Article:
DUP, University Road, Dar es Salaam, Tanzania
(+255) 738 921 648

Dar es Salaam University Press (DUP)

dup

 
 

RECENT PUBLICATIONS 2023

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Aman Mdewa (PhD) is a fast-paced and dynamic academician and leader at the University of Dar es Salaam Business School (UDBS) with experience in different countries and organizations. He started his career at KPMG as an auditor in 2013. He also has experience as an economist at the Bank of Tanzania (BoT), a research fellow at UNCTAD, and a lecturer at Manchester Metropolitan University in different capacities including internship, contract and fixed employment. His training and experience in policy analysis at the United Nations Conference for Trade and Development (UNCTAD), in Geneva Switzerland have equipped him to examine macroeconomic, trade and investment conditions in formulating development policies. He gained more experience in evidence-based policy analysis through his recent PhD thesis work in the United Kingdom (UK) which assessed the influence of progress towards the United Nations Sustainable Development Goals (SDGs) on the Foreign Direct Investment (FDI) flows in Sub- Saharan African countries. Currently, Aman is Lecturing at UDBS covering micro and macroeconomics, development and investment banking and International Business finance. Aman is passionate about innovation and utilizing fresh thinking to solve economic development challenges in Tanzania and the globe.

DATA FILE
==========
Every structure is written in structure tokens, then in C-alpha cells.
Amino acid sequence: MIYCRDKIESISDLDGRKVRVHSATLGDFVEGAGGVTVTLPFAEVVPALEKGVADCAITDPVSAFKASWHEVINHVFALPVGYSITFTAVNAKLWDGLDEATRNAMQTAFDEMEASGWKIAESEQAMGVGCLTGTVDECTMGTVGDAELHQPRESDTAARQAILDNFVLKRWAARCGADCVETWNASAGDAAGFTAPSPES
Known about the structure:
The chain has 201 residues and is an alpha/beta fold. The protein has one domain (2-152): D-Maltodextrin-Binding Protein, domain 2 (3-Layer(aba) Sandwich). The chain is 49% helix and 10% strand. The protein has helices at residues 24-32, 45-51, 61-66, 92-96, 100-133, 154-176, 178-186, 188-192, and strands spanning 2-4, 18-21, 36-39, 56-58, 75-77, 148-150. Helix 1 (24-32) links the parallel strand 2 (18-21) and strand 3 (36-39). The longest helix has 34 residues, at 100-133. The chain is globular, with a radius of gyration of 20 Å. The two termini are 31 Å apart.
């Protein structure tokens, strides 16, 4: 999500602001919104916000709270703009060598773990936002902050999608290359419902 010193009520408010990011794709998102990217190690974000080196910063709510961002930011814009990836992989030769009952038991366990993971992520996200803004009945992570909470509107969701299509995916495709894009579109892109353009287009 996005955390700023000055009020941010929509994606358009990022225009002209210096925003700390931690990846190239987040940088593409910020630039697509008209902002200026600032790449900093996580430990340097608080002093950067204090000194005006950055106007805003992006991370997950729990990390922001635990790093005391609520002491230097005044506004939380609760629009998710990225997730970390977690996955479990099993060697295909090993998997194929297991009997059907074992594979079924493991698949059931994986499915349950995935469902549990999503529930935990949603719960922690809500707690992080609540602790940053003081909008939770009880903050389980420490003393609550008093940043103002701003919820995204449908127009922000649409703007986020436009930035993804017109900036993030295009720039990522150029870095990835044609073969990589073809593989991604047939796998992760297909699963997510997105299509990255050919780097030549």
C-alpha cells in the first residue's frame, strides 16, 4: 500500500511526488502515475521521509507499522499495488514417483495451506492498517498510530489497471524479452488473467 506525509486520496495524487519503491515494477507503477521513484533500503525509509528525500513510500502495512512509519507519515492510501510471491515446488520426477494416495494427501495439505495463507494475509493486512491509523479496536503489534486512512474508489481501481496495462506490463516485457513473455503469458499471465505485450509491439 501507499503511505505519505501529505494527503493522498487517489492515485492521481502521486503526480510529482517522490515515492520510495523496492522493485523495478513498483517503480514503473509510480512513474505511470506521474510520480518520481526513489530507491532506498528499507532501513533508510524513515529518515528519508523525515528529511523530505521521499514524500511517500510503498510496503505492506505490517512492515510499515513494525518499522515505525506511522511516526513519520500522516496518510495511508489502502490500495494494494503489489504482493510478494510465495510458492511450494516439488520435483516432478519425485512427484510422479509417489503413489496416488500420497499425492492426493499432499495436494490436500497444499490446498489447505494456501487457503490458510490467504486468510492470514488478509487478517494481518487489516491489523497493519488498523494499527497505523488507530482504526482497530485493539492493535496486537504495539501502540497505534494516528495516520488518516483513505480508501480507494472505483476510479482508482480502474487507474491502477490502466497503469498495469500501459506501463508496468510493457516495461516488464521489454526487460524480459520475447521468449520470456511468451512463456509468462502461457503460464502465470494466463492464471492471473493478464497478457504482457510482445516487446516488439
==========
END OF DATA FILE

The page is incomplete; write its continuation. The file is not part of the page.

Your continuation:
Our Profile

 Historical Background

Dar es Salaam University Press (DUP) has its roots back in the 1960s when it was part of the University of Dar es Salaam Library services. DUP was then known as Library Technical Services Unit which was responsible for all printing and providing technical-related services related to printing and publishing to support the University library. The unit dealt also with activities such as binding and photocopying book chapters with the use of instructors. In 1979, the Library Technical Services unit was transformed into DUP, which among others was aimed to provide publishing and printing services to meet the needs of the University’s academic community. DUP was transformed from a unit in the University Library to a separate business centre within the University. The changes in the printing industry in Tanzania between 1979 to 1988, which among other things, witnessed the increase in the importation of paper and related materials and changes in the policies, were not reflected in DUP’s operations set-up. The DUP services have remained in the domain of the University of Dar es Salaam (UDSM) market due to its potential, and given its current status, due to lack of ability to serve the external market. From 1987 to 1990, DUP was under a rehabilitation programme financed by various donor organizations to rescue its position by addressing the critical problems at that time. In August 1996, DUP was incorporated under the companies’ ordinance Cap 212 into a limited company in order to give it more autonomy and ability to run commercially in order to generate funds for itself as well as an income for the University. This was done alongside other initiatives to make the University independent from the businesses and to establish sustainable business operations for DUP in order to serve both the UDSM market and the external market. It was anticipated that the move would attract investors and induce more publishing operations and distribution of books, research information and other literacy materials